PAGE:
Given that I cry in almost every film and have an enormous repertoire of shower show tunes, you’d think I was the perfect customer for the producers of Les Mis. Emotionally fragile, impressionable, total hots for Fantine and Cosette- what more did I need? Well, as it turned out, quite a lot. The film adaptation of Cameron Mackintosh’s stage behemoth is a bloated, melodramatic and aesthetically ragged film. It contains a startlingly brilliant performance from Anne Hathaway, and a terrific leading man turn from Hugh Jackman, but in the big league that director Tom Hooper has been promoted to (following his Oscar for The King’s Speech) you need a lot more than just a big budget and a good casting director. And, frankly, there’s not a lot more to Les Mis.
We open with Jean Valjean (Jackman) being freed on parole by the intransigent Javert (Russell Crowe), which he quickly breaks after coming into money and managing to build a new life as a gentle businessman. But when a worker Fantine (Anne Hathaway) is wronged in his factory and a child, Cosette (Amanda Seyfried), is left orphaned, Valjean must accept responsibility for her whilst also fleeing from a vengeful Javert- right into the heart of revolutionary Paris. The cast are, uniformly, working hard, but with varying degrees of success. Crowe is surprisingly human but slightly on autopilot (and autotune), whilst Seyfried’s Cosette is about as interesting as a half side of A4. Eddie Reymayne is powerful as Marius but his big number, ‘Empty Chairs at Empty Tables’, does not work as well on film. There are also a couple of frustrating turns by Sacha Baron Cohen and Helena Bonham Carter which seem to have been ripped from an entirely different movie altogether. But Hathaway and Jackman redeem the ensemble, along with I’d Do Anything reject Samantha Barks and Gossip Girl alum Aaron Tveit.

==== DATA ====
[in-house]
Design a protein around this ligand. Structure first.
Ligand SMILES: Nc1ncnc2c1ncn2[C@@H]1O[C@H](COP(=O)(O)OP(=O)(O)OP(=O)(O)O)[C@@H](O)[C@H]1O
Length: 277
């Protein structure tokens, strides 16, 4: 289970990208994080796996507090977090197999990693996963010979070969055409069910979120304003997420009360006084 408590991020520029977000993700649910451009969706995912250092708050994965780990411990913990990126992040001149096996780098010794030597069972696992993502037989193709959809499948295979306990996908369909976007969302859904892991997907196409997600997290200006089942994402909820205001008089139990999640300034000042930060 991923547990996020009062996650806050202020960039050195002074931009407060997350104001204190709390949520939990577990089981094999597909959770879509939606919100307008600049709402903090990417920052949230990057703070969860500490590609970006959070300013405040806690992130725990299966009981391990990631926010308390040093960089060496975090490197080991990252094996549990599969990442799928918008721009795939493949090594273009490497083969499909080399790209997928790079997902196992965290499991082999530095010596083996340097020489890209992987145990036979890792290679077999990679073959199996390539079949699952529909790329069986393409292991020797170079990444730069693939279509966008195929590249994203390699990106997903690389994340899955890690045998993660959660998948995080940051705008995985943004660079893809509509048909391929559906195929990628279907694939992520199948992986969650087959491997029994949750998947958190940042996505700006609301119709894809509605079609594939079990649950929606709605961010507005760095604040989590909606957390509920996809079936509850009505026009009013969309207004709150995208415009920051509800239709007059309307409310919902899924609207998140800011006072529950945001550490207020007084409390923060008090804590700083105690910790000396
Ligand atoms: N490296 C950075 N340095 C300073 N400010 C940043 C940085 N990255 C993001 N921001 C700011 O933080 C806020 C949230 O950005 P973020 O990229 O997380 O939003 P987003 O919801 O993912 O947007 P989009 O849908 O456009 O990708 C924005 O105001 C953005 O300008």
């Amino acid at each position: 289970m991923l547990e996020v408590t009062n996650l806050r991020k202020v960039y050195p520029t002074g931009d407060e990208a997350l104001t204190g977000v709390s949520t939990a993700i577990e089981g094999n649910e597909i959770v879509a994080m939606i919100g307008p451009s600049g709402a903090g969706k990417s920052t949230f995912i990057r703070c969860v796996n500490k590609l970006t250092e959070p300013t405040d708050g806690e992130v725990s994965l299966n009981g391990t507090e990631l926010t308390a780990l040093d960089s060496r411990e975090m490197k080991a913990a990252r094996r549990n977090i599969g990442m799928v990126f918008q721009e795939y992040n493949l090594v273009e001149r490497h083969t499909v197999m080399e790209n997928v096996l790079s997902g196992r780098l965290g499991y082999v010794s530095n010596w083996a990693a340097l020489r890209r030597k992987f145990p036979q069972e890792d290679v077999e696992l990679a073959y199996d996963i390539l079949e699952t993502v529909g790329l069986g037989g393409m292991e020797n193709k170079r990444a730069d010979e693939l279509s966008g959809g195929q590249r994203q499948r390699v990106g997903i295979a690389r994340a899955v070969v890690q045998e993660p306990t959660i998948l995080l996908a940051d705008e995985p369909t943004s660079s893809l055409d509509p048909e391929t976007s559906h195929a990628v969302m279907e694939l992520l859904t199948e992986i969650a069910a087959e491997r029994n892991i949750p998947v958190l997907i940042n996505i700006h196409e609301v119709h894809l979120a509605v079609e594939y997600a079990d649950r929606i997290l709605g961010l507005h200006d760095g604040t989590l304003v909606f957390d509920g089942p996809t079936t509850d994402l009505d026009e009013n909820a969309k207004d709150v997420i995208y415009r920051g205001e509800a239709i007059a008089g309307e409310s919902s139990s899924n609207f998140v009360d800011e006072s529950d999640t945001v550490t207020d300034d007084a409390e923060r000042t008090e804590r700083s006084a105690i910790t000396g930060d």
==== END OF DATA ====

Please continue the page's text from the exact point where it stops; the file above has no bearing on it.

But the main problem for the film is Hooper himself. The King’s Speech was a wonderful feat of acting and writing, but the cinematographical vision was often difficult. In Les Mis the aesthetic of the film is overrun by the sheer volume of Dutch angles and weird framing, with a particular preference for enormous amounts of headroom. The climactic battle at the barricade also has a profoundly stagey feel, with Hooper seemingly unwilling to adjust the stage musical to allow for a slightly more cinematic sprawl to the battle. That fear of originality is one of the biggest failures of the film- the emotional songs are all captured in close-up, the revolution has about three different shots and takes place in a 20-metre wide alleyway, and the performances, which require emotional height to be conveyed on stage, are all ramped up to 11 ALL THE TIME. It’s actually quite exhausting to watch.
A disappointment for anyone who knows that there’s a fundamental difference between theatre and cinema. A handful of excellent performances can’t redeem Les Mis.
|Starring:||Hugh Jackman, Anne Hathaway, Russell Crowe, Amanda Seyfried, Eddie Redmayne, Samantha Barks, Sacha Baron Cohen, Helena Bonham Carter|